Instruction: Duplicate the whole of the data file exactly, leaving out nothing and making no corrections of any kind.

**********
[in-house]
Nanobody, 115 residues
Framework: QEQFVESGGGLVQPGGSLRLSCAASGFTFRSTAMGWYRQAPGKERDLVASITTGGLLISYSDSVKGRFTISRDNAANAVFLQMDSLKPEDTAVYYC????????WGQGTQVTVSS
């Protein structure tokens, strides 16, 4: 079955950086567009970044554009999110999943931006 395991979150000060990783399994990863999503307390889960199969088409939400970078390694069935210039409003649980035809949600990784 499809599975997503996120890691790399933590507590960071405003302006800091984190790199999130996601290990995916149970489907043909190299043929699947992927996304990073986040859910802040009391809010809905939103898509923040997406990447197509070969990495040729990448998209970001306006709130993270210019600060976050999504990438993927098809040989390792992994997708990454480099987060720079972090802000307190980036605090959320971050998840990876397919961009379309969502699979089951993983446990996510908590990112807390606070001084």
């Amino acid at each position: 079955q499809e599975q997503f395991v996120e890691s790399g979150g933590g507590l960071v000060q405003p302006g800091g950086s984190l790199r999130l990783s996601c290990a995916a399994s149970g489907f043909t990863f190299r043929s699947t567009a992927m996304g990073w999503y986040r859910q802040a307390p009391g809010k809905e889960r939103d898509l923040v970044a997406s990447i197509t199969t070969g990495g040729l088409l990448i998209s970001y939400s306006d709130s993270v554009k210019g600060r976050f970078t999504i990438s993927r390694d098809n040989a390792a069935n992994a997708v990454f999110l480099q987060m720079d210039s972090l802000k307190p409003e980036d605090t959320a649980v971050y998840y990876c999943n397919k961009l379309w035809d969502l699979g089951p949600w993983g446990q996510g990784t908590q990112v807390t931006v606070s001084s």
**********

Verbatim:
[in-house]
Nanobody, 115 residues
Framework: QEQFVESGGGLVQPGGSLRLSCAASGFTFRSTAMGWYRQAPGKERDLVASITTGGLLISYSDSVKGRFTISRDNAANAVFLQMDSLKPEDTAVYYC????????WGQGTQVTVSS
């Protein structure tokens, strides 16, 4: 079955950086567009970044554009999110999943931006 395991979150000060990783399994990863999503307390889960199969088409939400970078390694069935210039409003649980035809949600990784 499809599975997503996120890691790399933590507590960071405003302006800091984190790199999130996601290990995916149970489907043909190299043929699947992927996304990073986040859910802040009391809010809905939103898509923040997406990447197509070969990495040729990448998209970001306006709130993270210019600060976050999504990438993927098809040989390792992994997708990454480099987060720079972090802000307190980036605090959320971050998840990876397919961009379309969502699979089951993983446990996510908590990112807390606070001084």
């Amino acid at each position: 079955q499809e599975q997503f395991v996120e890691s790399g979150g933590g507590l960071v000060q405003p302006g800091g950086s984190l790199r999130l990783s996601c290990a995916a399994s149970g489907f043909t990863f190299r043929s699947t567009a992927m996304g990073w999503y986040r859910q802040a307390p009391g809010k809905e889960r939103d898509l923040v970044a997406s990447i197509t199969t070969g990495g040729l088409l990448i998209s970001y939400s306006d709130s993270v554009k210019g600060r976050f970078t999504i990438s993927r390694d098809n040989a390792a069935n992994a997708v990454f999110l480099q987060m720079d210039s972090l802000k307190p409003e980036d605090t959320a649980v971050y998840y990876c999943n397919k961009l379309w035809d969502l699979g089951p949600w993983g446990q996510g990784t908590q990112v807390t931006v606070s001084s």